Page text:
The dial pops up to loosen; when you want to tighten, you click it in and turn ... Boa makes the dial-lacing system (https://www.theboasystem.com/).  I have no idea what it costs (Aetna picks it up) but am impressed with the technology and the whole package.  I think it works well and is elegant (as much as a splint can be).

I wasn't specifically given the go-ahead to move my hand around, so I guess I'll just keep the splint on and wait until I get the approval. 

Is edema a problem with these sorts of fractures?  Sounds scary.

 

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3 hours ago, litewave said:

I've looked at those several times. I think @WARPed1701D bought the G-form version, but don't recall. I'm still evaluating all the options, thanks.

Correct! I have the shirt and have been very happy with it so far. I looked at the  TLD vest and the coverage looks awesome but I live in Florida and I would simply burn up wearing that. As such I didn't investigate the protective properties of the foam it uses. I've been very happy with the G Form shirt and the customer service at G Form (ordered direct from them). Protection seems to be where I need it without being excessive. The spandex breathes well even under my work shirt. My only complaint is no integrated back protection. I ended up getting a POC Spine 2.0 to supplement the shirt to provide full motorcycle rated spine and back protection.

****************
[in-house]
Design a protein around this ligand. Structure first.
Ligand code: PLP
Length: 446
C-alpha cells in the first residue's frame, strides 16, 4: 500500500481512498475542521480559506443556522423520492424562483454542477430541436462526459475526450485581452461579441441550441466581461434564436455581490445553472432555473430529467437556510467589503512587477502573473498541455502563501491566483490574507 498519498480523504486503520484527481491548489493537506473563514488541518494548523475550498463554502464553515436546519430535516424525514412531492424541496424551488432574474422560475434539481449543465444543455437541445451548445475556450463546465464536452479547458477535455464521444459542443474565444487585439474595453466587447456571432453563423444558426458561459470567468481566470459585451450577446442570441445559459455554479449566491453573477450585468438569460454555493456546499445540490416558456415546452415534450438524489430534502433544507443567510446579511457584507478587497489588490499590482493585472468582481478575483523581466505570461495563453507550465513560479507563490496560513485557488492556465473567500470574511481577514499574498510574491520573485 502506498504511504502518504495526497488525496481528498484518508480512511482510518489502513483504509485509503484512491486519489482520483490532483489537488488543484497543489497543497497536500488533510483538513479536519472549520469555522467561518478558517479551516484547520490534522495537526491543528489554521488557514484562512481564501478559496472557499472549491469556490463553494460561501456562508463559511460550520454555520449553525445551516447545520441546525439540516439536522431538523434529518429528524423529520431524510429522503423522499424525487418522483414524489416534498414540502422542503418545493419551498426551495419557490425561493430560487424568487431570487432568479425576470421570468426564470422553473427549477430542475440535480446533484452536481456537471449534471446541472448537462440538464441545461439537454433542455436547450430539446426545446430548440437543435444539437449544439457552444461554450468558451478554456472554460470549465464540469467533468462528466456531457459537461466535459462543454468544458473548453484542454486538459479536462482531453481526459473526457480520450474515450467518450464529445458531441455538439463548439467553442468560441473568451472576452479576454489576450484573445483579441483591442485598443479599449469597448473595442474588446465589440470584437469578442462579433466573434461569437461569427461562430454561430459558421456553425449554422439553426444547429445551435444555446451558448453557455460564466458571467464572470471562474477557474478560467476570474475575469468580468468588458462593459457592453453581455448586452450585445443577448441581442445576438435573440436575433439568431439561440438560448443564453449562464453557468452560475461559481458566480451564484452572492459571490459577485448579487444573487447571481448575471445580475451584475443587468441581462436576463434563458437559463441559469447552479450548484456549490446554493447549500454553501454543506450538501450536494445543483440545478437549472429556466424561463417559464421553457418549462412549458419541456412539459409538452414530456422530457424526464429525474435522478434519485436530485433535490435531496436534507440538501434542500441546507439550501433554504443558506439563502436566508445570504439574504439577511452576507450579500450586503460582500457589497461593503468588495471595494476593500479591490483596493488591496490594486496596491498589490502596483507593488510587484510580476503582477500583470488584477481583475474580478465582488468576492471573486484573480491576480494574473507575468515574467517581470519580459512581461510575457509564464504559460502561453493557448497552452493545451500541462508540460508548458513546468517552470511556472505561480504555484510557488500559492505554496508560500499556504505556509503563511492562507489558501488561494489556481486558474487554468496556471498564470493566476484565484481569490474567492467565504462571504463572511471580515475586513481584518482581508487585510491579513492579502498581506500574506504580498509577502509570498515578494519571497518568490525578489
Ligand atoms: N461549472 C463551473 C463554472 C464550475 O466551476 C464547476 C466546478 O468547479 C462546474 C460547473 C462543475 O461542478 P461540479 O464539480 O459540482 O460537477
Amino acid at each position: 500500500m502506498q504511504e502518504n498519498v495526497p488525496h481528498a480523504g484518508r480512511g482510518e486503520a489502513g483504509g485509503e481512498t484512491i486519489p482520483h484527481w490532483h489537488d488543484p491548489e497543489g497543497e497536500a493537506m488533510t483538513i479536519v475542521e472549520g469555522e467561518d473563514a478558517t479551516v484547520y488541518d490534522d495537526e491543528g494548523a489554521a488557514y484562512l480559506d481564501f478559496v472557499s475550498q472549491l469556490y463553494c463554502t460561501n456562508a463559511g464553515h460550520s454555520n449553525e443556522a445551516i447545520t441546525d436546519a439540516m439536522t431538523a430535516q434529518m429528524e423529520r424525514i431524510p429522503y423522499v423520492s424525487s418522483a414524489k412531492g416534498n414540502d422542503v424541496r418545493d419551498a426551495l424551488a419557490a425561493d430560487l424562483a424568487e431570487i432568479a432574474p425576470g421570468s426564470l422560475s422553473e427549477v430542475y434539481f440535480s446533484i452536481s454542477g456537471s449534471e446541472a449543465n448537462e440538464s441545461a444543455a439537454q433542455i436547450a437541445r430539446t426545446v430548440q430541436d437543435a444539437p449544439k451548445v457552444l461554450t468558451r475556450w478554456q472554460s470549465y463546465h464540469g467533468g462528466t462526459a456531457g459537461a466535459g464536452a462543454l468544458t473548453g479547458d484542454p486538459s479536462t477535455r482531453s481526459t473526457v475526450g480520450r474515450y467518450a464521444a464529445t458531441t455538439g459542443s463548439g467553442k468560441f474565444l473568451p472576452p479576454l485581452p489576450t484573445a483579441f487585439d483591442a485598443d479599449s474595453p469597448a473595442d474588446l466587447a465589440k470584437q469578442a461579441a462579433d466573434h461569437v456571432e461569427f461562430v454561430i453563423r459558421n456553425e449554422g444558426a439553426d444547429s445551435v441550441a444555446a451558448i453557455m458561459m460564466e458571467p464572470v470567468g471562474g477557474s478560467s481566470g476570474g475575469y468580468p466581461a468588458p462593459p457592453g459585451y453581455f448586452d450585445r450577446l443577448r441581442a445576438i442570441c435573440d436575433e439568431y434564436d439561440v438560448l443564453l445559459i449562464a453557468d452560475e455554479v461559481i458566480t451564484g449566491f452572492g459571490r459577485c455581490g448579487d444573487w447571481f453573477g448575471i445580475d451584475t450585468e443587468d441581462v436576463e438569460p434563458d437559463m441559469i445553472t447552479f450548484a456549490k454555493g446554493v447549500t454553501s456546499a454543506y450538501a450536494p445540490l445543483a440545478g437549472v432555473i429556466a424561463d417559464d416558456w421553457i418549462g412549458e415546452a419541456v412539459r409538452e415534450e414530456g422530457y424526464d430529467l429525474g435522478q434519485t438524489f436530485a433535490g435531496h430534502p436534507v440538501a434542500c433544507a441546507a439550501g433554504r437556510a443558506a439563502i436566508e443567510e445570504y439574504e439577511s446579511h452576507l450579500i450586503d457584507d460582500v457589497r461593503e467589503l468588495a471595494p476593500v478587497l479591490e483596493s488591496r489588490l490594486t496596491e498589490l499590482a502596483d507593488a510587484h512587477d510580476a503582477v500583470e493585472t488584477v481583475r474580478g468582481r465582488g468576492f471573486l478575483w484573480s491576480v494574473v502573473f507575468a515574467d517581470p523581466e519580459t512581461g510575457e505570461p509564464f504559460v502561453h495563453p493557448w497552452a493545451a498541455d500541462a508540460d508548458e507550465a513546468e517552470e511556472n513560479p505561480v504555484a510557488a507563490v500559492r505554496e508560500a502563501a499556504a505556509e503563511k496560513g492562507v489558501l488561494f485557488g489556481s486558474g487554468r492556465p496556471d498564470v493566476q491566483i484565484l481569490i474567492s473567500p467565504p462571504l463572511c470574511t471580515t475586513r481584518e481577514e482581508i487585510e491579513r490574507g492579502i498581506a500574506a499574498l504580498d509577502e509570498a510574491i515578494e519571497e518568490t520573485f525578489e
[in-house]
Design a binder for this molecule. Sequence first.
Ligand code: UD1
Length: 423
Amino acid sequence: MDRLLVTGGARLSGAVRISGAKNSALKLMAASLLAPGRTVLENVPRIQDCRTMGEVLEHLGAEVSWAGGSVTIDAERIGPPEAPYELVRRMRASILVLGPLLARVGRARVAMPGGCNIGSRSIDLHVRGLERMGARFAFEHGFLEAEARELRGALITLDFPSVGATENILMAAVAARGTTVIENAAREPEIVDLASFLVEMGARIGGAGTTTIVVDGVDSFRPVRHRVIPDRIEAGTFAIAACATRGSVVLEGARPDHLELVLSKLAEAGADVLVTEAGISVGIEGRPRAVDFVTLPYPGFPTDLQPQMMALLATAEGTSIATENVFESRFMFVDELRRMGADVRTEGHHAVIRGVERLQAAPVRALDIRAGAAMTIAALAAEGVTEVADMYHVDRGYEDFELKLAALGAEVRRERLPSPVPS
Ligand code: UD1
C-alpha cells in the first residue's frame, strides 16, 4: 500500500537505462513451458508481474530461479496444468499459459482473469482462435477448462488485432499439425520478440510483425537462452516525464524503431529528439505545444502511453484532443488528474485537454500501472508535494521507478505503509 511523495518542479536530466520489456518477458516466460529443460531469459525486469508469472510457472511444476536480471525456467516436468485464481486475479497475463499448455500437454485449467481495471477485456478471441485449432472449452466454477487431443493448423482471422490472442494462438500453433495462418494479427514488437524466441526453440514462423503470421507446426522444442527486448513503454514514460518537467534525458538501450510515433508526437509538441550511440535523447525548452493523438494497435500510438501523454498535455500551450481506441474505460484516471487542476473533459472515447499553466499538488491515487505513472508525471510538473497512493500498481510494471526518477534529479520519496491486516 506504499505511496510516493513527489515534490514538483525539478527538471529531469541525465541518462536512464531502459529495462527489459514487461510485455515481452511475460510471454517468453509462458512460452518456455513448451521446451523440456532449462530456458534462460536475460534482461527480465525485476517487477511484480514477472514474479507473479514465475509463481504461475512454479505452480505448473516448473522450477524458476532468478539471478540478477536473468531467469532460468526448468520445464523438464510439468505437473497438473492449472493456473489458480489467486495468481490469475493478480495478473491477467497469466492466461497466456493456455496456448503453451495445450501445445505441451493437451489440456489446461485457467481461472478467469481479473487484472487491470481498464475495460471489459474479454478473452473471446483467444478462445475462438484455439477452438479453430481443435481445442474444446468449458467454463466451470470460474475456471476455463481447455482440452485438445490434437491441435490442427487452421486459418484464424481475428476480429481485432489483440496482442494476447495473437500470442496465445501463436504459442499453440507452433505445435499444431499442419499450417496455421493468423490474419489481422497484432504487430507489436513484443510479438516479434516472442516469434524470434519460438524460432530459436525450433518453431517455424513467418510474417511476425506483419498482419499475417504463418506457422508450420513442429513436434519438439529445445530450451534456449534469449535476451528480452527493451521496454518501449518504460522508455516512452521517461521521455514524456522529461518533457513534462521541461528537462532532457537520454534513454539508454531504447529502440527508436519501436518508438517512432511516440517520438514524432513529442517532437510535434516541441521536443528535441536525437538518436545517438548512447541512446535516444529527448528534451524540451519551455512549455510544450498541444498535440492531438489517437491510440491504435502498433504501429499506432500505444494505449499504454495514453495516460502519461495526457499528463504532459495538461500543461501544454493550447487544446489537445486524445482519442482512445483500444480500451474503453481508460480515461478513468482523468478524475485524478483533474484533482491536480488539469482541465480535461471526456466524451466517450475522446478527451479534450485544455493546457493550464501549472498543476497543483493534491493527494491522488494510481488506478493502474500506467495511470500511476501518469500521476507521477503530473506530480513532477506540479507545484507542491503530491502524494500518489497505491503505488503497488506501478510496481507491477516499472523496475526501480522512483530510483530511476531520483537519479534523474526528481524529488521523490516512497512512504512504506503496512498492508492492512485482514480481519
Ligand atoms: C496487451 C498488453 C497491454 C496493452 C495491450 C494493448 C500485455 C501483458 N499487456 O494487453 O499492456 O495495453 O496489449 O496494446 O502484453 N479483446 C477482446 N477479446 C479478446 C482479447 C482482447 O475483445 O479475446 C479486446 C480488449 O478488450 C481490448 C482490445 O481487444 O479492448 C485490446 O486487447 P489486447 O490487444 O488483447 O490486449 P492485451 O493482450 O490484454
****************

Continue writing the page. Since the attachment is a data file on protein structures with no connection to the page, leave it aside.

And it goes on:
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7 minutes ago, WARPed1701D said:

Correct! I have the shirt and have been very happy with it so far. I looked at the  TLD vest and the coverage looks awesome but I live in Florida and I would simply burn up wearing that. As such I didn't investigate the protective properties of the foam it uses. I've been very happy with the G Form shirt and the customer service at G Form (ordered direct from them). Protection seems to be where I need it without being excessive. The spandex breathes well even under my work shirt. My only complaint is no integrated back protection. I ended up getting a POC Spine 2.0 to supplement the shirt to provide full motorcycle rated spine and back protection.

Yeah, I would probably go for something similar living in Florida climate. My MC-jacket will probably feel very good with autumn coming up, but I will need an alternative come next summer.